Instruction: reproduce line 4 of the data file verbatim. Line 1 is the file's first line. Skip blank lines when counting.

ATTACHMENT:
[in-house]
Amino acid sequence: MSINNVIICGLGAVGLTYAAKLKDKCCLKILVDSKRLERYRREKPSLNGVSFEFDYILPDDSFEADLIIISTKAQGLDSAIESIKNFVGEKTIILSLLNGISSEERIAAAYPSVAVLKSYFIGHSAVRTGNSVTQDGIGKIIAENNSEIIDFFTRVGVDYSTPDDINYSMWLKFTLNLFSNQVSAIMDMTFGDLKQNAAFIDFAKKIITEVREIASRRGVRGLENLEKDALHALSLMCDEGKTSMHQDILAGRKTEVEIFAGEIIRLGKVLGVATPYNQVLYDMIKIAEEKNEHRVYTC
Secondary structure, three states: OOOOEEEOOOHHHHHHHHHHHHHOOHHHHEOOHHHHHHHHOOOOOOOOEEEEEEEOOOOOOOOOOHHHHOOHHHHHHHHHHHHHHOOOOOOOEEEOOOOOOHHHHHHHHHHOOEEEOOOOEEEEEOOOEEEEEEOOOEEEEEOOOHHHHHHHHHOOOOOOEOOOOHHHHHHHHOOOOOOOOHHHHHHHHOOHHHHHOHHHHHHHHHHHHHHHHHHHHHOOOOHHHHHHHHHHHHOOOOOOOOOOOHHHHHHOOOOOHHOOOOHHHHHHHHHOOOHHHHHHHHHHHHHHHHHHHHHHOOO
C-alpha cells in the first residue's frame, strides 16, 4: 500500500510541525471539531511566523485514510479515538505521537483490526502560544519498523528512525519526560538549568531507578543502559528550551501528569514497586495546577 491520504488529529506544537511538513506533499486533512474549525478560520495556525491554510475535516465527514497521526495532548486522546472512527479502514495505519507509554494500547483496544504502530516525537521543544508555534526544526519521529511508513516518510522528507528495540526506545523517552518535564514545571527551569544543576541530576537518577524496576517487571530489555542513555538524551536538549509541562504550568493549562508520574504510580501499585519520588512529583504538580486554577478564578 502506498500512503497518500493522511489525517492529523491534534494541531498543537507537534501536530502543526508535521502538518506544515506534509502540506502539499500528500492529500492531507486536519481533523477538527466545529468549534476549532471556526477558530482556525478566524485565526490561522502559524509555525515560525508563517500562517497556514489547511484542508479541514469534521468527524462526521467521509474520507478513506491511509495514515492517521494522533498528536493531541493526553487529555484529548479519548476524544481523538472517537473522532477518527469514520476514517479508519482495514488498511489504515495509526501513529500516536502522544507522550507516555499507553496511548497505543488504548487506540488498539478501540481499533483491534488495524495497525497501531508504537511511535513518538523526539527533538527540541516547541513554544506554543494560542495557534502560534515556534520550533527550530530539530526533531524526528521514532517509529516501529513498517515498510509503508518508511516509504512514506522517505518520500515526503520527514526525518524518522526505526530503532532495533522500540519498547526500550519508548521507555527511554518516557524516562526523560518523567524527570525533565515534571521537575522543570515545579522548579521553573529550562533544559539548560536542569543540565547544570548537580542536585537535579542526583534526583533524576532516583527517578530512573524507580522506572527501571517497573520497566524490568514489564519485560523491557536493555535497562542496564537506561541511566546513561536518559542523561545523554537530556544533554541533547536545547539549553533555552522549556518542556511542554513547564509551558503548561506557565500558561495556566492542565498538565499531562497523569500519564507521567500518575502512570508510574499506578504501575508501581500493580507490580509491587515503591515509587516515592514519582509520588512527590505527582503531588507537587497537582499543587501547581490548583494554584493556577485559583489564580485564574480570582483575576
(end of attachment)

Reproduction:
C-alpha cells in the first residue's frame, strides 16, 4: 500500500510541525471539531511566523485514510479515538505521537483490526502560544519498523528512525519526560538549568531507578543502559528550551501528569514497586495546577 491520504488529529506544537511538513506533499486533512474549525478560520495556525491554510475535516465527514497521526495532548486522546472512527479502514495505519507509554494500547483496544504502530516525537521543544508555534526544526519521529511508513516518510522528507528495540526506545523517552518535564514545571527551569544543576541530576537518577524496576517487571530489555542513555538524551536538549509541562504550568493549562508520574504510580501499585519520588512529583504538580486554577478564578 502506498500512503497518500493522511489525517492529523491534534494541531498543537507537534501536530502543526508535521502538518506544515506534509502540506502539499500528500492529500492531507486536519481533523477538527466545529468549534476549532471556526477558530482556525478566524485565526490561522502559524509555525515560525508563517500562517497556514489547511484542508479541514469534521468527524462526521467521509474520507478513506491511509495514515492517521494522533498528536493531541493526553487529555484529548479519548476524544481523538472517537473522532477518527469514520476514517479508519482495514488498511489504515495509526501513529500516536502522544507522550507516555499507553496511548497505543488504548487506540488498539478501540481499533483491534488495524495497525497501531508504537511511535513518538523526539527533538527540541516547541513554544506554543494560542495557534502560534515556534520550533527550530530539530526533531524526528521514532517509529516501529513498517515498510509503508518508511516509504512514506522517505518520500515526503520527514526525518524518522526505526530503532532495533522500540519498547526500550519508548521507555527511554518516557524516562526523560518523567524527570525533565515534571521537575522543570515545579522548579521553573529550562533544559539548560536542569543540565547544570548537580542536585537535579542526583534526583533524576532516583527517578530512573524507580522506572527501571517497573520497566524490568514489564519485560523491557536493555535497562542496564537506561541511566546513561536518559542523561545523554537530556544533554541533547536545547539549553533555552522549556518542556511542554513547564509551558503548561506557565500558561495556566492542565498538565499531562497523569500519564507521567500518575502512570508510574499506578504501575508501581500493580507490580509491587515503591515509587516515592514519582509520588512527590505527582503531588507537587497537582499543587501547581490548583494554584493556577485559583489564580485564574480570582483575576